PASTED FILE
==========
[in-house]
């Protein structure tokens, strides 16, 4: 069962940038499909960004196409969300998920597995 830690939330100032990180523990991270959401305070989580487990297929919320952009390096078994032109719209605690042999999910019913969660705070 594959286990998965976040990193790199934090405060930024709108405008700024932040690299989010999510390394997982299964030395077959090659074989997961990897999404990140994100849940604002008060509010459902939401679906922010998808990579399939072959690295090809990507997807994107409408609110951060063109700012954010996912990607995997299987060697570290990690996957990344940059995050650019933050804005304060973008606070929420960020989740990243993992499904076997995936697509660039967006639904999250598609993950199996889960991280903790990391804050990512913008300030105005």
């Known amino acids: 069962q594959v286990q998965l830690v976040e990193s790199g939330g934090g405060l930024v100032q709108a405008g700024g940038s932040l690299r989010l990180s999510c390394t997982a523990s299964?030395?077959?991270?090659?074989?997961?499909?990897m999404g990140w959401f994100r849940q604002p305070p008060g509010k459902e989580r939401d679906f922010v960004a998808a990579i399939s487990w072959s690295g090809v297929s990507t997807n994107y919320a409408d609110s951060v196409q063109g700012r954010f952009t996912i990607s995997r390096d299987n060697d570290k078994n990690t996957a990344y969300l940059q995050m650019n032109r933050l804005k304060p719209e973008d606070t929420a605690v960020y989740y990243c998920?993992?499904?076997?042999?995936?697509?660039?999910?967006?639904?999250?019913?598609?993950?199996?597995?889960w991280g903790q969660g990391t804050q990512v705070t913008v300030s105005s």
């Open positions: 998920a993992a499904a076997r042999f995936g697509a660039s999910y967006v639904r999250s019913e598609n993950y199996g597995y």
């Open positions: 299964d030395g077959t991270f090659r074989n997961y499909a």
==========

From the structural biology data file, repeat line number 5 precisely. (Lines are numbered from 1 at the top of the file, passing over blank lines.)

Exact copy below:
């Open positions: 299964d030395g077959t991270f090659r074989n997961y499909a």